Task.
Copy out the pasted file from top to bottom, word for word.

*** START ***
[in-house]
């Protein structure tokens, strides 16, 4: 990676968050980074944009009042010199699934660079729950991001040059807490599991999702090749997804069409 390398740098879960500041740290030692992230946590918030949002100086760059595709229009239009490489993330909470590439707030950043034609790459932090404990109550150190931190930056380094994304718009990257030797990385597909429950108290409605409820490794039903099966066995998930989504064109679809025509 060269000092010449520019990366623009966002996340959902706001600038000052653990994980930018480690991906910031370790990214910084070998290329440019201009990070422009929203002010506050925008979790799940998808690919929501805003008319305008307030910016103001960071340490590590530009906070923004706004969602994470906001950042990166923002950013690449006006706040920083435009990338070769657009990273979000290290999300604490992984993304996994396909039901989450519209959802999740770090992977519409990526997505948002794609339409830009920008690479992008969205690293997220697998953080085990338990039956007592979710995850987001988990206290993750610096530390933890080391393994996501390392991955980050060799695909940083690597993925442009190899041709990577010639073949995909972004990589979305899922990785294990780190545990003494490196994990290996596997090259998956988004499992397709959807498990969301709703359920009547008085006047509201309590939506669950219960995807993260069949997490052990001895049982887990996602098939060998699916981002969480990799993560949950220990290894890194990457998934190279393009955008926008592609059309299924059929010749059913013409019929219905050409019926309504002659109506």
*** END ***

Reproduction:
[in-house]
């Protein structure tokens, strides 16, 4: 990676968050980074944009009042010199699934660079729950991001040059807490599991999702090749997804069409 390398740098879960500041740290030692992230946590918030949002100086760059595709229009239009490489993330909470590439707030950043034609790459932090404990109550150190931190930056380094994304718009990257030797990385597909429950108290409605409820490794039903099966066995998930989504064109679809025509 060269000092010449520019990366623009966002996340959902706001600038000052653990994980930018480690991906910031370790990214910084070998290329440019201009990070422009929203002010506050925008979790799940998808690919929501805003008319305008307030910016103001960071340490590590530009906070923004706004969602994470906001950042990166923002950013690449006006706040920083435009990338070769657009990273979000290290999300604490992984993304996994396909039901989450519209959802999740770090992977519409990526997505948002794609339409830009920008690479992008969205690293997220697998953080085990338990039956007592979710995850987001988990206290993750610096530390933890080391393994996501390392991955980050060799695909940083690597993925442009190899041709990577010639073949995909972004990589979305899922990785294990780190545990003494490196994990290996596997090259998956988004499992397709959807498990969301709703359920009547008085006047509201309590939506669950219960995807993260069949997490052990001895049982887990996602098939060998699916981002969480990799993560949950220990290894890194990457998934190279393009955008926008592609059309299924059929010749059913013409019929219905050409019926309504002659109506």